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TN2018504

sweeteners, energy,

sweeteners, energy, saturated fat, industrially produced trans-fatty acids and salt. The model has food categories that are permitted, partly permitted (according to defined threshold values), and not permitted for marketing to children and young people. For categories where products are partially permitted, a food or beverage must not exceed any of the nutrient thresholds established for that category. Custom tariff codes are used for categorizations. It is not mandatory for the European WHO member states to apply the WHO European nutrient profile model. There may also be smaller differences between countries both in the number of categories used as well as cut-off values. 20 In Appendix 3 there is an overview of the differences between the WHO European nutrient profile model, the Norwegian and Danish models and the EU Pledge. To allow for comparison, results should be reported according to the WHO nutrient profiling model categories. If a country wishes to categorize food according to national or other nutrient models, it is preferable that this is done in addition to the WHO model. Any discrepancies between the WHO nutrient profiling model and national specific model should be highlighted in the reporting. To allow analysis according to different nutrient profiles, the nutrition values for total fat (g/100g), saturated fat (g/100g), total sugar (g/100g), added sugar (g/100g), non-sugar sweeteners (g/100g), salt (g/100g) and energy (kcal) should be recorded for each product. 5.1.2 Children and young people Children and young people can be defined by biological age, in legal terms as well as a social and cultural construct. The UN defines a child as person below 18 years, while countries may define the age of criminal responsibility at the age of 15 for instance. The WHO defines young people/adolescents as persons between the ages of 10 and 19. 21 A common understanding is that a person is a child until puberty and a young person/adolescent from puberty until the person is an adult in legal terms. Notably, the 2016 WHO ECHO Commission on Ending Childhood Obesity recommends reduction of food marketing to children and adolescents. 22 Children and young people are considered to be particularly vulnerable to the effects of marketing. Restrictions defined in food marketing policies aim to protect children and young people who are media illiterate (e.g. do not recognize marketing or cannot critically analyze it), but also to protect children and young people who may recognize marketing but are still vulnerable to the persuasive effects. This is in line with the Nordic Consumer Ombudsmen’s view that internet marketing must be particularly 20 The Danish model has 10 food categories and is available from Forum for Responsible Food Marketing Communication’s (www.kodeksforfoedevarereklamer.dk). The Norwegian model has 8 food categories and is available at the Food and Drink Industry Professional Practices Committee’s (MFU) webpage (www.mfu.as). The model used by EU Pledge has 9 food categories (EU Pledge Nutrition White Paper – Updated July 2015, http://www.eu-pledge.eu/). 21 http://www.who.int/topics/adolescent_health/en/ 22 WHO, (2016). Report of the Commission on Ending Childhood Obesity. Geneva: World Health Organization; 2016. 20 Monitoring food marketing to children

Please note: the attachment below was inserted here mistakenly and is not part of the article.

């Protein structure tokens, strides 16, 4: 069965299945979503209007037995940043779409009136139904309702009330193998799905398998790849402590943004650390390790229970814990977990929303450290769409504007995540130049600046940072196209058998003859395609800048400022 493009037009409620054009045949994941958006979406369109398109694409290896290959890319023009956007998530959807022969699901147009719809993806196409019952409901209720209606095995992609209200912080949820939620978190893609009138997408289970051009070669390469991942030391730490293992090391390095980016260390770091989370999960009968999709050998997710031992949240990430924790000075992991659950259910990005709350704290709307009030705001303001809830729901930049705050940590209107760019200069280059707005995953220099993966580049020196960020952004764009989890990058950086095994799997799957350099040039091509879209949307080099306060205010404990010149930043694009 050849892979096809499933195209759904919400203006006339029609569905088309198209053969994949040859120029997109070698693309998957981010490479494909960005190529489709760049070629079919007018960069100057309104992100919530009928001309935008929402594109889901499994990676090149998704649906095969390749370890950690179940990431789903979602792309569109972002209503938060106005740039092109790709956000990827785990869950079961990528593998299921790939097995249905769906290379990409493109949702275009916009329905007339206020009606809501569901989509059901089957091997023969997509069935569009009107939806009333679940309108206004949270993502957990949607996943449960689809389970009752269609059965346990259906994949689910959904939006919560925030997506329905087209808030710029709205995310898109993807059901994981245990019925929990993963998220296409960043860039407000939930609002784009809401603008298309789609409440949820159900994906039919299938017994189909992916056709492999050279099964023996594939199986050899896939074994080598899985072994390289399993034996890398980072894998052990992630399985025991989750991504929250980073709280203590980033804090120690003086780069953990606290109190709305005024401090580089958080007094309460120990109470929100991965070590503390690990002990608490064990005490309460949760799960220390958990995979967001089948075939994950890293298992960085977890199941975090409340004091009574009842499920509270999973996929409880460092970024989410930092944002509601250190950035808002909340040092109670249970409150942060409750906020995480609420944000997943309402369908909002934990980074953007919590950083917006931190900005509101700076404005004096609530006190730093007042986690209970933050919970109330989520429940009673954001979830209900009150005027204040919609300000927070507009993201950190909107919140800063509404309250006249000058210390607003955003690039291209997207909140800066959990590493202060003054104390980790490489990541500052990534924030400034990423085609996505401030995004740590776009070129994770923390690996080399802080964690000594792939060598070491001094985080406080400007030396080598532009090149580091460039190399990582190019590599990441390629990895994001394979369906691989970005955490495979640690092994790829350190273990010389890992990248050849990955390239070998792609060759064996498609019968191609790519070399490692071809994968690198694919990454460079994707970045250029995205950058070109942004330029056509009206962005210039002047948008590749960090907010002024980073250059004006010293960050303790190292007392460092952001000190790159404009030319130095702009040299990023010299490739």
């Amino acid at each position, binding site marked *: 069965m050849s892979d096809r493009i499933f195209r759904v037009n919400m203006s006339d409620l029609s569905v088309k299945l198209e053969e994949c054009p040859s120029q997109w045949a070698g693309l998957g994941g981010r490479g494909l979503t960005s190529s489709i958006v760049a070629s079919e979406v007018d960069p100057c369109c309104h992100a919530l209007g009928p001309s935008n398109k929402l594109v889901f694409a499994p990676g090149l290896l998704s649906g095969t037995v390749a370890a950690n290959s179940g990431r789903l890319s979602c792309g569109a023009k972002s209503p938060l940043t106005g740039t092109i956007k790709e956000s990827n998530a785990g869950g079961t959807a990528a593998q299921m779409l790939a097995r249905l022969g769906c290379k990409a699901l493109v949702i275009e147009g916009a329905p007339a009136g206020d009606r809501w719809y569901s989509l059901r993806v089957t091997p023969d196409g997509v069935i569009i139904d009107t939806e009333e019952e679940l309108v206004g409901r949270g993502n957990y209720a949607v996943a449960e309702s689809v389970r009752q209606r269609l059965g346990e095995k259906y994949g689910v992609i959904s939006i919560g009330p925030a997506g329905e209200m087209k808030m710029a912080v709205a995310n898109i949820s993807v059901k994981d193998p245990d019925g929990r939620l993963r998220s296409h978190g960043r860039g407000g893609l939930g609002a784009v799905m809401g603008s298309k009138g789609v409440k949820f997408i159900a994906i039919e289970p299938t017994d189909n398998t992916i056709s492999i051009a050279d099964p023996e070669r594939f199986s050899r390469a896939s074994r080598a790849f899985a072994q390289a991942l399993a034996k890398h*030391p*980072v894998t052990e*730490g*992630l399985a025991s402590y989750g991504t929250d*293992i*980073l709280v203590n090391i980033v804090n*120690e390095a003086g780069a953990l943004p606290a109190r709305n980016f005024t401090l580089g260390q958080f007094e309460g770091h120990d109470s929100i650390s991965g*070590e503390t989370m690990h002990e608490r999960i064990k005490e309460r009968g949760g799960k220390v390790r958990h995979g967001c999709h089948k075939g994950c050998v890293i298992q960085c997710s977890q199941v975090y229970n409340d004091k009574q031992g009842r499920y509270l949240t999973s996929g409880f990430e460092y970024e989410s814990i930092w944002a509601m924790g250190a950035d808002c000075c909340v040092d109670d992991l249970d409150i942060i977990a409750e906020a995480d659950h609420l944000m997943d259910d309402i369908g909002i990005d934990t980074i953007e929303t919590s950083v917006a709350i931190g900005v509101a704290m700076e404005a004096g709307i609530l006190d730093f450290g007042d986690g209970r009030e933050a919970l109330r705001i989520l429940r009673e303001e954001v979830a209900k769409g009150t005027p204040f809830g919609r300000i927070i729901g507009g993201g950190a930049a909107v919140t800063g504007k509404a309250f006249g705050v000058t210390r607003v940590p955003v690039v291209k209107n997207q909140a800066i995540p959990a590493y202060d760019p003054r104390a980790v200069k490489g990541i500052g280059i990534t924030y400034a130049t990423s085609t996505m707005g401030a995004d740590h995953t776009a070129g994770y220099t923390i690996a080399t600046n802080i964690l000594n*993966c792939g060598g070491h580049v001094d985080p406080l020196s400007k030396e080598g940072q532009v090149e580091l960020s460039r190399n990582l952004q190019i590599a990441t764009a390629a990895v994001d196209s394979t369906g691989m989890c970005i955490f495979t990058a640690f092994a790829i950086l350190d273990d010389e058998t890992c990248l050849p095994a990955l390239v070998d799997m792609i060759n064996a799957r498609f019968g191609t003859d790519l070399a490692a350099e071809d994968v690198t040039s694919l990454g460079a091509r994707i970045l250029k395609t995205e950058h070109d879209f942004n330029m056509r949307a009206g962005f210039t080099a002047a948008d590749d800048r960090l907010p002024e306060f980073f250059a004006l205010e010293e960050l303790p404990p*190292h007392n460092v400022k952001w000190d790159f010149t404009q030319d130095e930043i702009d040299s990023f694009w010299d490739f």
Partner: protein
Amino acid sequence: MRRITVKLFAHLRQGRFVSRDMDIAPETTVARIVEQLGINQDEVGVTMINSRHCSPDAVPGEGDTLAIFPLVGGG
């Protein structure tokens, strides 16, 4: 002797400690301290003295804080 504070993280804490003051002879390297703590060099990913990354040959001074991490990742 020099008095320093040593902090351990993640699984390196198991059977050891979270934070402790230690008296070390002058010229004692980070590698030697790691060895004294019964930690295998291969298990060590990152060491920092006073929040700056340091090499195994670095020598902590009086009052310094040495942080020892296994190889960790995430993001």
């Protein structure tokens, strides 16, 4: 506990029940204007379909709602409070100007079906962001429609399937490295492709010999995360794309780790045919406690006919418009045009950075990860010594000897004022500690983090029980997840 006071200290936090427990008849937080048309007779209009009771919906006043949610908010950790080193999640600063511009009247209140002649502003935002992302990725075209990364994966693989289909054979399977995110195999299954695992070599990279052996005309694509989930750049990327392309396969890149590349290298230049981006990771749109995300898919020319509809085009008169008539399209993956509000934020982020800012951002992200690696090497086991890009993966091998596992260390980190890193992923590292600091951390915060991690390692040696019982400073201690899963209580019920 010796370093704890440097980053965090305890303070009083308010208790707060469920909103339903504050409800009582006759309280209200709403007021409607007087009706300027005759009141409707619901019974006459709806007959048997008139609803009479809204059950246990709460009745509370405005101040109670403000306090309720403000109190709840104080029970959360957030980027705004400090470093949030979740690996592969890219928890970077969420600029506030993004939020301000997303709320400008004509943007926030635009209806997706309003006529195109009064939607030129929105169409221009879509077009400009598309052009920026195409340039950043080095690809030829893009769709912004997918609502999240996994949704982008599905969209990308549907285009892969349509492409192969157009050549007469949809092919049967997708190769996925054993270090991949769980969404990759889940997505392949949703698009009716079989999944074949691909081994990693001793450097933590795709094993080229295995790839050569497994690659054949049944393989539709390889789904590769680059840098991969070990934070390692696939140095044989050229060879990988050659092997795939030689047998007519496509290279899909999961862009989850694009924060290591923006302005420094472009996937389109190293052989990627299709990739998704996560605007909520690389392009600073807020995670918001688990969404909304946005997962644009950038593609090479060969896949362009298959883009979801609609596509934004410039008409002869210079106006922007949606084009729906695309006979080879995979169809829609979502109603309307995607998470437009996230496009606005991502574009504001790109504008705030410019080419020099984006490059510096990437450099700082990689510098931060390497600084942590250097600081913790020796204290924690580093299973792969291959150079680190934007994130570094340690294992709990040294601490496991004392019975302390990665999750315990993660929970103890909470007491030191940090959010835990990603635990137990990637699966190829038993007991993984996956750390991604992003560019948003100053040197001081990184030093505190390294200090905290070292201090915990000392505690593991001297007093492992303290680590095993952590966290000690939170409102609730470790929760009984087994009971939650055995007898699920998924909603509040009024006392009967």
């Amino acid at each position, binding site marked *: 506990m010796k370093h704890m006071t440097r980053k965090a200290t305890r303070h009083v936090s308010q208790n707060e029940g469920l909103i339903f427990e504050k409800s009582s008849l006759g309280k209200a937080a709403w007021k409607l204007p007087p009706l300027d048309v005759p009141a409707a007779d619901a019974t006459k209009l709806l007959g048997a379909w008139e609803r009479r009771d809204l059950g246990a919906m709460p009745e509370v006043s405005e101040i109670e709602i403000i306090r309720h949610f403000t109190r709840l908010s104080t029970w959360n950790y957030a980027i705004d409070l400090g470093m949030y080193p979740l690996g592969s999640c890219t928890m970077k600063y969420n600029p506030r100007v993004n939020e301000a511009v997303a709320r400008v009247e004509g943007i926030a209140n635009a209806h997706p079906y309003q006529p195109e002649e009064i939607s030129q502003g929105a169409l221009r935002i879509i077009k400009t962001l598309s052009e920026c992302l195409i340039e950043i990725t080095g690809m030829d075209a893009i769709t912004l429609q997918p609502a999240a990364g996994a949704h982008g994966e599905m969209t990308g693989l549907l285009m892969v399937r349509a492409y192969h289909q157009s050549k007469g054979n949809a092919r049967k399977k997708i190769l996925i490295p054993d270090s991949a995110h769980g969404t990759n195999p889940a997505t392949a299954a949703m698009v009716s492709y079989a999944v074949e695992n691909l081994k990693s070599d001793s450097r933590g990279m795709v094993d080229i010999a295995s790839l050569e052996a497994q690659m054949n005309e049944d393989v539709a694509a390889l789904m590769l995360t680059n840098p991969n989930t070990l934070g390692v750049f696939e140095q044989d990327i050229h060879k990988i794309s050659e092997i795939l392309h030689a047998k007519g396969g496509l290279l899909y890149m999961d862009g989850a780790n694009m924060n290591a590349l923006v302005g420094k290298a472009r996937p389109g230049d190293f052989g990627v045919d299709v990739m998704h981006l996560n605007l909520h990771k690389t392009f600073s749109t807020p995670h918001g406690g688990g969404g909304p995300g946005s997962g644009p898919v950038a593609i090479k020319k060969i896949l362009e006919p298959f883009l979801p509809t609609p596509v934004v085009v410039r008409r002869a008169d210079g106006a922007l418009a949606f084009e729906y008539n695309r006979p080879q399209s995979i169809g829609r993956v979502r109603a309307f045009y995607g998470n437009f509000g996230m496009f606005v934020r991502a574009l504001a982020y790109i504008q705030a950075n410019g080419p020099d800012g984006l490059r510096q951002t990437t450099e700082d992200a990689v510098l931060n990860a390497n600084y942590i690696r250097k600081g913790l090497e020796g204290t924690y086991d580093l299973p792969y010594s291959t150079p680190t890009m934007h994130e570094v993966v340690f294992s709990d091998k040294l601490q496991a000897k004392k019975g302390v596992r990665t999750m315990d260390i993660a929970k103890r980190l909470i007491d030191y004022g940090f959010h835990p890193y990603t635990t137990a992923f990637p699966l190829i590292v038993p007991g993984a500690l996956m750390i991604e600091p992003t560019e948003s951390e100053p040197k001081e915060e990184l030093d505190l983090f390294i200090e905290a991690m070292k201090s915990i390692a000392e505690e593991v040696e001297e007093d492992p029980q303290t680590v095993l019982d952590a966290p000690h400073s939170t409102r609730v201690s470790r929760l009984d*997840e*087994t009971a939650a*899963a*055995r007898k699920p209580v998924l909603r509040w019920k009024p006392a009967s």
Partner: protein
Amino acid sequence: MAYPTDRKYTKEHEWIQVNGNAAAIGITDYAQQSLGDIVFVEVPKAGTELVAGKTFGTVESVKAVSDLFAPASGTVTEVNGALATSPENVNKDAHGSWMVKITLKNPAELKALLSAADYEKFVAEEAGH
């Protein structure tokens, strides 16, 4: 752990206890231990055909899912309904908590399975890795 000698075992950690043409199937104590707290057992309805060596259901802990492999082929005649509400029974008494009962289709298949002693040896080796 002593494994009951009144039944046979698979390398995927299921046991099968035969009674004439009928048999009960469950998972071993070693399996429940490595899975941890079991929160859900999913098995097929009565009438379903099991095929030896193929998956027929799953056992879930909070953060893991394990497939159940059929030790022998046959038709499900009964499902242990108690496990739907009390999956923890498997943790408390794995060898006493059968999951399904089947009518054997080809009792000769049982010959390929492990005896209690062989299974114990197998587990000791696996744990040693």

cautious regarding all persons below 18 years old. 23 In their publication on marketing in social media, they further suggest assessing marketing towards children and young people 14 years old and younger more strictly than marketing towards those aged 15 to 17 years. 24 The vulnerability of young people aged 12 and older is also underlined in the research literature. 25 Monitoring of marketing of HFFS foods and beverages should therefore focus on the most vulnerable group aged 12 years or younger (referred to as “children”), but monitoring of marketing towards the age group 13–17 years old (referred to as “young people”) is still important. When selecting media channels to monitor, it is necessary to consider the composition of the audience with regards to gender and sociodemographic factors and ethnicity. Public audience statistics will indicate which audiences (age groups/users) are potentially exposed to the marketing content in each media monitored. 5.2 Media habits Children and young people’s media habits are changing and may vary between countries. The marketing channels to be monitored should be selected based on the most recent data and trends in media use among children and young people. Updated survey and/or media monitoring data on children’s and young people’s media use is therefore necessary in order to decide the selection of sources within each marketing communication channel. The final monitoring reports should also include descriptions of current trends in media use among children and young people. 26 Many marketing channels have defined age limits, like social media platforms, cinemas and movies. In other cases, there are no age limits but a specific product or marketing channel (like a TV-show) may have been developed with a certain age group in mind. Despite having defined age limits, however, data have shown that users do not respect these. In the case of social media platforms like Facebook, Instagram or Snapchat, many users are younger than the set age limit of 13 years. In such cases, the marketers are not responsible for children’s exposure to their marketing, but from a 23 Paragraph 7.1, page 13, ”De nordiska konsumentombudsmännens ståndpunkt om handel och marknadsföring på Internet”, 2010 (Available online: http://publikationer.konsumentverket.se/sv/publikationer/malgrupper/foretagare/vagledningar/de-nordiskakonsumentombudsmannens-standpunkt-om-handel-och-mark.html) 24 See footnote 19, page 11 in “De nordiska konsumentombudsmännens ståndpunkt om marknadsföring via sociala medier”, 2012, (Available online: https://www.konsumentverket.se/globalassets/publikationer/produkter-och- tjanster/reklam-och-marknadsforing/vagledning-standpunkt-marknadsforing-sociala-medier-121205- konsumentverket.pdf 25 Harris JL, Heard A, Schwartz (2014). Older still vulnerable: All children need protection from unhealthy food marketing. Yale Rudd Center for Food Policy & Obesity; Carter O.B.J., Patterson L.J., Donovana R.J., Ewing M.T., Robert C.M. (2011). Children’s understanding of the selling versus persuasive intent of junk food advertising: Implications for regulation. Social Science & Medicine, (72) Issue 6, 962–968. 26 Depending on available time and resources there is also an option to involve young people themselves by inviting a representative group of children/young people to write down media diaries which could describe their actual media usage. Monitoring food marketing to children 21